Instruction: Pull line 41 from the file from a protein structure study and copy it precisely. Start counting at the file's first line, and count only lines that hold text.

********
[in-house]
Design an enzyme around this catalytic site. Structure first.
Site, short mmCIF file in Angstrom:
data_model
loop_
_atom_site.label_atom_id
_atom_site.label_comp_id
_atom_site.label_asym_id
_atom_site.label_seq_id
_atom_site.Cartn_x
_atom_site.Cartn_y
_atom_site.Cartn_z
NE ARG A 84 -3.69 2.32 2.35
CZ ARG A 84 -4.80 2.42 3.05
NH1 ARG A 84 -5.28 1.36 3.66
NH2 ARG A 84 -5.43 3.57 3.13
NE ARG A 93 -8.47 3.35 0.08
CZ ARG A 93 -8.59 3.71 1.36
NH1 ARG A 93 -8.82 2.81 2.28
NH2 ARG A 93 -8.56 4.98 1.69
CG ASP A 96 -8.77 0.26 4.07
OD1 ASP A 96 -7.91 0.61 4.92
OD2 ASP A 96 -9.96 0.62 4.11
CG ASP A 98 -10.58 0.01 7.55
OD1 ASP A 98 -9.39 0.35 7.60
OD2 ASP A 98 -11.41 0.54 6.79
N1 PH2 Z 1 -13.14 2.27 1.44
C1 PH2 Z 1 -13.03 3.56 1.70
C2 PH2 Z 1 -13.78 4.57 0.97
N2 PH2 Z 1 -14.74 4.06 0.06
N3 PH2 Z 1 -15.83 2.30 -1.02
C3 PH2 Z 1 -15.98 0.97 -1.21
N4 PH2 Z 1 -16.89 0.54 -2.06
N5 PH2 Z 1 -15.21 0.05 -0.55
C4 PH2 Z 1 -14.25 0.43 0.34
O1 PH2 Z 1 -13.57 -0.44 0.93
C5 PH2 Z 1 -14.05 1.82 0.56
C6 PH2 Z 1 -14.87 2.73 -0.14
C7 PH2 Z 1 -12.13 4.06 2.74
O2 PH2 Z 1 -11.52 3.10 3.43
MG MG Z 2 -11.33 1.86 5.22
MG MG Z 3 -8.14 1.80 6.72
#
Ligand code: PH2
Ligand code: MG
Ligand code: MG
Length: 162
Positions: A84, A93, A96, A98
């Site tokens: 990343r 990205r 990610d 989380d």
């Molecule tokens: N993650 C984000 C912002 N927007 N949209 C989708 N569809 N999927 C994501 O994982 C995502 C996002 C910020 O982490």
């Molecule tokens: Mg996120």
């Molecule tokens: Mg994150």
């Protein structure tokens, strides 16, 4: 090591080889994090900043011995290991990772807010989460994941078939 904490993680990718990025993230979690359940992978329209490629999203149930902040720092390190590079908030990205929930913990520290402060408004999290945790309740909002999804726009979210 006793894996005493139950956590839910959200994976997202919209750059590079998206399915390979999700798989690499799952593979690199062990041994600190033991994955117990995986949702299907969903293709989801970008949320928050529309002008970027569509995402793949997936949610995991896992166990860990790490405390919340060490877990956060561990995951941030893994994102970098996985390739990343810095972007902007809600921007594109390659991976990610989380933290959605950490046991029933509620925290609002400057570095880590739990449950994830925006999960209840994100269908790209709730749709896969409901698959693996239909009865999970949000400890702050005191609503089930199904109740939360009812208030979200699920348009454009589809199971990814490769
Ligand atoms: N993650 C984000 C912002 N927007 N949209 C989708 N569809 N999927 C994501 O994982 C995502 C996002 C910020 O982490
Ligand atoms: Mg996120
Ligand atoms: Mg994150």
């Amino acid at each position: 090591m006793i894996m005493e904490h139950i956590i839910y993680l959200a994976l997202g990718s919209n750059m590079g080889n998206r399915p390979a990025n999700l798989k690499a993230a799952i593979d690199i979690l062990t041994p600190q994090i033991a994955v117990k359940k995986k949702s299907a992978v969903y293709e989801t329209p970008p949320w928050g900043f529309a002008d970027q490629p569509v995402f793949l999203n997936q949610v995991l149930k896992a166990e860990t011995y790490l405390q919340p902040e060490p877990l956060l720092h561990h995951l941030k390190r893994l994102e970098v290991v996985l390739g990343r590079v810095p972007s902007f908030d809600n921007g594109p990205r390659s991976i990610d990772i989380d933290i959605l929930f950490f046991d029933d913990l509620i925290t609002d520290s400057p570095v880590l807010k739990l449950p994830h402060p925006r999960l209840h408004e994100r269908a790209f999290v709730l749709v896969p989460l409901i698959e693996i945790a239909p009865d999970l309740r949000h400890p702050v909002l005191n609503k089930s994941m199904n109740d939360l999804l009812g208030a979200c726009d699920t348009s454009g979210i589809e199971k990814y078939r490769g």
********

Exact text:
MG MG Z 2 -11.33 1.86 5.22